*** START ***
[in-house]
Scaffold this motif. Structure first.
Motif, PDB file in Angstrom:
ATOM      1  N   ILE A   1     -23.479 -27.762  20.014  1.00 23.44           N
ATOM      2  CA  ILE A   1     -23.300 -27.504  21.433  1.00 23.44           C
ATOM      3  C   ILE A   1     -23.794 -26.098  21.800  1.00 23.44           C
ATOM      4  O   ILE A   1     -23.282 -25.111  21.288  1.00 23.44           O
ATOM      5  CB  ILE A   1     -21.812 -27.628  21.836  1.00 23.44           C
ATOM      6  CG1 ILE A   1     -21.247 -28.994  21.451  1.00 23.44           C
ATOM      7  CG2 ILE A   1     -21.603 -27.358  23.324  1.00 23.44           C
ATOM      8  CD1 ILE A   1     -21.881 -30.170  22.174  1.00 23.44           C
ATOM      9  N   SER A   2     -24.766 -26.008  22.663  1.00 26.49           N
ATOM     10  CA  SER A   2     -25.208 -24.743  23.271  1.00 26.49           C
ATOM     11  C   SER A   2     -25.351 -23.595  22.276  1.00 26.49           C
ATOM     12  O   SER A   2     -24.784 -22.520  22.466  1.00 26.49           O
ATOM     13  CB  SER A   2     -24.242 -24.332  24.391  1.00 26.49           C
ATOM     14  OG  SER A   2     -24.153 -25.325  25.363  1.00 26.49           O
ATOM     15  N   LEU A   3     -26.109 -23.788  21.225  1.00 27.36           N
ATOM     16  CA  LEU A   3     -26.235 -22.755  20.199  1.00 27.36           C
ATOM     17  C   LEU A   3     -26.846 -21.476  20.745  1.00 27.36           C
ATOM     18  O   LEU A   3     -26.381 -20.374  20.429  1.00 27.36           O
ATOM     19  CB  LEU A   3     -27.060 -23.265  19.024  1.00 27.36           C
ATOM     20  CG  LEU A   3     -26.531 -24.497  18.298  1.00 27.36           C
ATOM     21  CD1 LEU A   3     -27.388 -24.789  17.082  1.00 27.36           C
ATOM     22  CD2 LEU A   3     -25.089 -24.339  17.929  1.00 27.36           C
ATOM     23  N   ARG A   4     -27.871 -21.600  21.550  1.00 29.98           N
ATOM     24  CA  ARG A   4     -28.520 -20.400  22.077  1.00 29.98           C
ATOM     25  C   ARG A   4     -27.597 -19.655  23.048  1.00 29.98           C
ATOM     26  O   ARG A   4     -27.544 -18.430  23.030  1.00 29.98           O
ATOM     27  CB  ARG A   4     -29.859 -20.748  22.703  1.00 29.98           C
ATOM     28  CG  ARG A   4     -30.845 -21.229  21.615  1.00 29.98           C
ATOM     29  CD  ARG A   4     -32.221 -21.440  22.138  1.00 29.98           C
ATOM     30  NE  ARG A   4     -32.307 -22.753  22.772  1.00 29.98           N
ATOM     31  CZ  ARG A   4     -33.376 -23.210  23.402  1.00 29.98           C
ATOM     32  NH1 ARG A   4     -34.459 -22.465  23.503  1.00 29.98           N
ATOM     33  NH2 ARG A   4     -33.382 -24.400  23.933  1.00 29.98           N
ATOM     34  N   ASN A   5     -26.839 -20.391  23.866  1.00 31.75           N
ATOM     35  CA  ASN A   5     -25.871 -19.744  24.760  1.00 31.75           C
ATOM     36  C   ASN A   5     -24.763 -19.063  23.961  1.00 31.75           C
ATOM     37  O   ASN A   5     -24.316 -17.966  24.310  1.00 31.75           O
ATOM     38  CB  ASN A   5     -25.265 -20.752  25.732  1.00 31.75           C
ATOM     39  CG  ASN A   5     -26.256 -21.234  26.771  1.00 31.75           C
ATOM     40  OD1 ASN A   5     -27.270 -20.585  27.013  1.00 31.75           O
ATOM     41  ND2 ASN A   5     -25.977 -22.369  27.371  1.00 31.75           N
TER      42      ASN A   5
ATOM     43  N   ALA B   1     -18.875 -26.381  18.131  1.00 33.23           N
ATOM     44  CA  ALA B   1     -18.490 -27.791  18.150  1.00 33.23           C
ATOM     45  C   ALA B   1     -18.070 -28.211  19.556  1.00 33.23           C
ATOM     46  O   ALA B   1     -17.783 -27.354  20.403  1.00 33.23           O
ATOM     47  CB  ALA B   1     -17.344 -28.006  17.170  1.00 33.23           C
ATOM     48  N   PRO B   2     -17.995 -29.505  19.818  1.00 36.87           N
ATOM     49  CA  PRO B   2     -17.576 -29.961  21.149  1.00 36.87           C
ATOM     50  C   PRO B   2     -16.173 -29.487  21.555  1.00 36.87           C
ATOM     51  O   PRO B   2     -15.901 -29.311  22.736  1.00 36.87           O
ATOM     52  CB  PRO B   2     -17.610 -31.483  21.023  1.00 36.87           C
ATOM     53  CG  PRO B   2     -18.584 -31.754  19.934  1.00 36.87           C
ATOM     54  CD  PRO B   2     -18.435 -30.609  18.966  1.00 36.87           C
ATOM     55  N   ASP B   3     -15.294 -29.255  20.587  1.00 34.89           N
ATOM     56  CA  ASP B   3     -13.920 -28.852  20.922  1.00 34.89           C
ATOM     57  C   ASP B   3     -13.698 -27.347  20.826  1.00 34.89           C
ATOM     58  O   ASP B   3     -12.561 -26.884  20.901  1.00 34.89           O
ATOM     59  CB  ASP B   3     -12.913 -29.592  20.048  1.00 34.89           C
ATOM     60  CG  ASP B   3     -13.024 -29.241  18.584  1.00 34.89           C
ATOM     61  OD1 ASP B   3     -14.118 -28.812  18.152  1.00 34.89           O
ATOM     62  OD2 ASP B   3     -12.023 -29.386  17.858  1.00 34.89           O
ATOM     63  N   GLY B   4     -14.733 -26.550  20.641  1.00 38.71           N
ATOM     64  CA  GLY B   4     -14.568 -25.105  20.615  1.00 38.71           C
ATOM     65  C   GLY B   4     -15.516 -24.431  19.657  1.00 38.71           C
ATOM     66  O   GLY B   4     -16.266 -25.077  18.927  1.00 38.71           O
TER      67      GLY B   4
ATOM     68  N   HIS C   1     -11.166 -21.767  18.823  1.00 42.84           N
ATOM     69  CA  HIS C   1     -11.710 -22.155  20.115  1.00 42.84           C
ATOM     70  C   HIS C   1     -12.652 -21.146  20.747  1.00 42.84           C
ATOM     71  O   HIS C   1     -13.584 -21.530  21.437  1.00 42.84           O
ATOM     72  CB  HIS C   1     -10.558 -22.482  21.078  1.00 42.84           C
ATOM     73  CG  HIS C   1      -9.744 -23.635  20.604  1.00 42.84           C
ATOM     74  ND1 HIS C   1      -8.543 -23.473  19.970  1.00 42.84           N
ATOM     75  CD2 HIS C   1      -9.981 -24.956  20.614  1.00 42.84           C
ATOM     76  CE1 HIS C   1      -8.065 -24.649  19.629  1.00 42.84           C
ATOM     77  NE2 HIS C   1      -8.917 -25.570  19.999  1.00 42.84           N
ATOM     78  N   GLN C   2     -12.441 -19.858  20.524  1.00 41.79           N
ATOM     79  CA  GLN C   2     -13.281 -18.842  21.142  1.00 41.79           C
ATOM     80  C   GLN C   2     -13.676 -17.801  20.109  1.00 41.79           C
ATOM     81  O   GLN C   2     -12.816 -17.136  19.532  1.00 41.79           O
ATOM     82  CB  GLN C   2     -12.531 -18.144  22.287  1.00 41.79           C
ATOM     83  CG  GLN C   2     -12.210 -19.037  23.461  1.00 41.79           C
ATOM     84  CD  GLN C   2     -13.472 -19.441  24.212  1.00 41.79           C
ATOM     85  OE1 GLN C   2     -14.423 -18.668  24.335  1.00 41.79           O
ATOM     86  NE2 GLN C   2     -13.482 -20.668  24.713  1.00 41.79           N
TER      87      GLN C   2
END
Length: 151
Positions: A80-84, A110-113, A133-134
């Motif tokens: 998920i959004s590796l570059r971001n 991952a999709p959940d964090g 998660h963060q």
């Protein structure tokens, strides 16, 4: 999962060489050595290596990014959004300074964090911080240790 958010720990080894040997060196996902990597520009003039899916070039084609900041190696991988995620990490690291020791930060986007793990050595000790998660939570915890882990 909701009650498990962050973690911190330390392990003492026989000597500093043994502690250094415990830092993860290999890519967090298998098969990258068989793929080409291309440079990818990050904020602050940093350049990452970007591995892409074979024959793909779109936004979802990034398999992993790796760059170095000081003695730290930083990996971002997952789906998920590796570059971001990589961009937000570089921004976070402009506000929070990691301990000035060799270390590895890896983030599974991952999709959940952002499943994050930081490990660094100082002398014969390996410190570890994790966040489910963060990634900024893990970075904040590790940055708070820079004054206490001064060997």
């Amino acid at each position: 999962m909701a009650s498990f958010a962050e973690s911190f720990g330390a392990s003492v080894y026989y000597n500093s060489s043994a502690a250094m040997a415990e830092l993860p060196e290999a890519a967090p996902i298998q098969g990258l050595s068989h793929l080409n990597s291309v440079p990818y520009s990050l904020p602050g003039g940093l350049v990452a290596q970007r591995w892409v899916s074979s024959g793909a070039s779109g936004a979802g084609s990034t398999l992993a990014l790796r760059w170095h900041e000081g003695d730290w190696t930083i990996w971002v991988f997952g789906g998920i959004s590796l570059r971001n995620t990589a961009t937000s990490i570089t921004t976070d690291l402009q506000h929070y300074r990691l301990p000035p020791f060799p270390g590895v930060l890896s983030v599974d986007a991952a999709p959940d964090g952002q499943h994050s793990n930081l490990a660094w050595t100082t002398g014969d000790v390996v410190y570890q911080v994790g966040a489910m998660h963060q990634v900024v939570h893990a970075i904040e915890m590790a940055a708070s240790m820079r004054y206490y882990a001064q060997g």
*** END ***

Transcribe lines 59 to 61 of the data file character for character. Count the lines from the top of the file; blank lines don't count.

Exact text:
ATOM     56  CA  ASP B   3     -13.920 -28.852  20.922  1.00 34.89           C
ATOM     57  C   ASP B   3     -13.698 -27.347  20.826  1.00 34.89           C
ATOM     58  O   ASP B   3     -12.561 -26.884  20.901  1.00 34.89           O